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Spectre dive boat
Salta Verde Point, Santa Catalina Island
where three of seven men were killed on June 25, 2016
when their skiff overturned during a high south swell.

Spectre (#) (-), 80-foot long popular dive boat out of Ventura Harbor that has been operated by Ted Cumming since 1986. Now his son has taken over operations.

The following deaths have occurred off Spectre, most from fatal heart-attacks suffered by the divers:

In the News~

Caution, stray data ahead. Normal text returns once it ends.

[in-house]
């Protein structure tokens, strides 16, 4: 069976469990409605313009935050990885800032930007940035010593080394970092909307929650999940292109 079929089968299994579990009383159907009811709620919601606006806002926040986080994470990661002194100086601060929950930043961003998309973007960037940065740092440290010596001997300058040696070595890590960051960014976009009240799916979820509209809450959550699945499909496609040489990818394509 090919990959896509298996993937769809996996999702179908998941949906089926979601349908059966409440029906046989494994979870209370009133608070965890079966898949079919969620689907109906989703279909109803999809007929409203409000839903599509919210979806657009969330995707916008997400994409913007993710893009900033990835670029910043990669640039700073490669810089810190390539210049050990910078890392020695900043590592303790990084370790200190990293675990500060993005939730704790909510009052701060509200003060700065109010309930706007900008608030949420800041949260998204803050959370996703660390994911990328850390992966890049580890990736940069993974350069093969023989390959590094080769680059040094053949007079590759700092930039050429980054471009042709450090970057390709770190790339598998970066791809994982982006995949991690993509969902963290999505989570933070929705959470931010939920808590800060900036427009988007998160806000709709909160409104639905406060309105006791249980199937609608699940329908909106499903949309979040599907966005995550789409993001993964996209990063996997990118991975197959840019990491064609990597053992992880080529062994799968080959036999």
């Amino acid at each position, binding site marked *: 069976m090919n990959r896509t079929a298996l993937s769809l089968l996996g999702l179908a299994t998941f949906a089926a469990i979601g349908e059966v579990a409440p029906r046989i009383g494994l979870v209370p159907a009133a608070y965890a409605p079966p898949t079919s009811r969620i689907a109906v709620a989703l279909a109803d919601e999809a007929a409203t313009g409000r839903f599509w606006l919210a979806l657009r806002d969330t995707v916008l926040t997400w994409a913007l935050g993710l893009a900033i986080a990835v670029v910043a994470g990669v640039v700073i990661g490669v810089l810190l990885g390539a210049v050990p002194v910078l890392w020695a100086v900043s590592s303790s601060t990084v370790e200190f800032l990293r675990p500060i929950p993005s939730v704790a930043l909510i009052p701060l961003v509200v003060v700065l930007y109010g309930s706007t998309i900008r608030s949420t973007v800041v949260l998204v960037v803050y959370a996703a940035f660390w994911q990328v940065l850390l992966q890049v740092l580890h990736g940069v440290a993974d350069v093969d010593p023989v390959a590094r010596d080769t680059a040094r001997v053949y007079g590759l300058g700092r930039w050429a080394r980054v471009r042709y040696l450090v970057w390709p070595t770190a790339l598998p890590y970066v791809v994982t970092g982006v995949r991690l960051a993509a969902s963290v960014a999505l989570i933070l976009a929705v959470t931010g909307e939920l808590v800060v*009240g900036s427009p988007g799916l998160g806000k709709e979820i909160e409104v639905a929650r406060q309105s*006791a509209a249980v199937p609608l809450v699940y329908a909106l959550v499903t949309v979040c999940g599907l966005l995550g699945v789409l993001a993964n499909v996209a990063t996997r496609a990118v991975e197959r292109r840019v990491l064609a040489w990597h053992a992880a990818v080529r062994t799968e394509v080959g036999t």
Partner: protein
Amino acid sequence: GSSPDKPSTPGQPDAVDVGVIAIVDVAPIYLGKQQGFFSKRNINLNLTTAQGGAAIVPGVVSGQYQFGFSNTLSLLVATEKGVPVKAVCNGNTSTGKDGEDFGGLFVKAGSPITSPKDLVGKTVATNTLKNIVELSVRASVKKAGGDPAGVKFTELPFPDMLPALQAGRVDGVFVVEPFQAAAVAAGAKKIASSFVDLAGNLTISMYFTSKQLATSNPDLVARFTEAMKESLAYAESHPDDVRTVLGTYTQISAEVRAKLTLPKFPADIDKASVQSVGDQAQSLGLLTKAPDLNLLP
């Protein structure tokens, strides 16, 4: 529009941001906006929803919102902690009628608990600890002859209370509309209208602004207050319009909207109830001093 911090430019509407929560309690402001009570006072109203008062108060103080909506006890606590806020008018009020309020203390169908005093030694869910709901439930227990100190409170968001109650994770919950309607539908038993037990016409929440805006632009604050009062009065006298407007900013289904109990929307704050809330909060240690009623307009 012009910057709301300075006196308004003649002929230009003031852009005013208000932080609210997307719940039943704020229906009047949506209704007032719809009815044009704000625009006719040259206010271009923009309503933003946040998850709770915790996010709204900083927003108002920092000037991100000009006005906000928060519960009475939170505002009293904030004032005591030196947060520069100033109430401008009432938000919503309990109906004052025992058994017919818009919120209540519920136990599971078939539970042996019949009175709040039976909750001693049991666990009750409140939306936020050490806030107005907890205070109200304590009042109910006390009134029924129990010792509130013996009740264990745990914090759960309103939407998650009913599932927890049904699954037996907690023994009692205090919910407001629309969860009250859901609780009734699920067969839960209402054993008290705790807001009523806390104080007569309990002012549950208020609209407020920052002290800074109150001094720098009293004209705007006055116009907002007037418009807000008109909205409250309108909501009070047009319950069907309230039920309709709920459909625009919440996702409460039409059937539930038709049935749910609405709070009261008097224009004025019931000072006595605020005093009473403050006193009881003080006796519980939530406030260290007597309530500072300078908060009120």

June 24, 2016 [www.simivalleyacorn.com]: “Two Simi Valley divers were rescued by an air squad Saturday morning near Anacapa Island, about 11 miles off the coast of Port Hueneme, after coming up from the waters with dive-related medical issues. The divers, a 47-year-old woman and a 48-year-old man, were flown to St. John’s Regional Medical Center in Oxnard for treatment, according to the Ventura County Sheriff’s Office. Their names have not been released and their condition is unknown as of press time. The pair had gone out to the island June 18 as passengers aboard the Spectre, a commercial dive boat. Around 10 a.m., the woman came up from the water unresponsive, while the man emerged conscious but suffering from post-dive medical problems, said Senior Dep. Ryan Poynter of the Ventura County Sheriff’s Office. “Both were conscious when we arrived on scene,” said Poynter, who was one of the rescuers. “The female patient was unconscious when she came up. (Those aboard the Spectre) pulled her up onto the boat, and she did eventually regain consciousness.” Air Squad 9, a helicopter manned by members of the VCSO air unit, Ventura County Fire Department and volunteer medical personnel, left the Camarillo Airport and arrived at the waters off Anacapa Island around 10:20 a.m. Poynter, pilot Kim Bergeson, firefighter paramedic Jeff Golden, Dep. Lee Chapman and volunteer paramedic Bryan Pugh made up that morning’s rescue crew. The U.S. Coast Guard launched a response boat from its Channel Islands station as well as a helicopter from its base in Point Mugu. Working with the Coast Guard and the Spectre’s captain, Air Squad 9 coordinated a hoist rescue to get the two divers to the hospital. Golden was lowered from the air squad helicopter to the stern of the Spectre, where he delivered preliminary medical treatment to the two divers then prepared them to be lifted into the “flying ambulance,” Poynter said. “We have hoisted off of the Spectre before, so the captain knew what to do,” the senior deputy said. “He had to keep the boat going 15 knots in one direction, heading straight.” Both the helicopter and boat must continue moving at the same pace in the same direction in order for the rescue to go smoothly, Poynter said. “If you stop the boat, the boat ends up moving with the water and it’s a lot harder. The captain has to keep it straight while the helicopter comes up from behind and lowers personnel onto the boat,” he said. The VCSO air unit gets water rescue calls almost once a day, with a slight increase in the summer, Poynter said. Rescuers fly out to the Channel Islands about 10 to 15 times per year, he said. Members of the unit respond as a designated air squad, meaning medical personnel are on board, only if the call involves an injured person.” [Both divers lived.]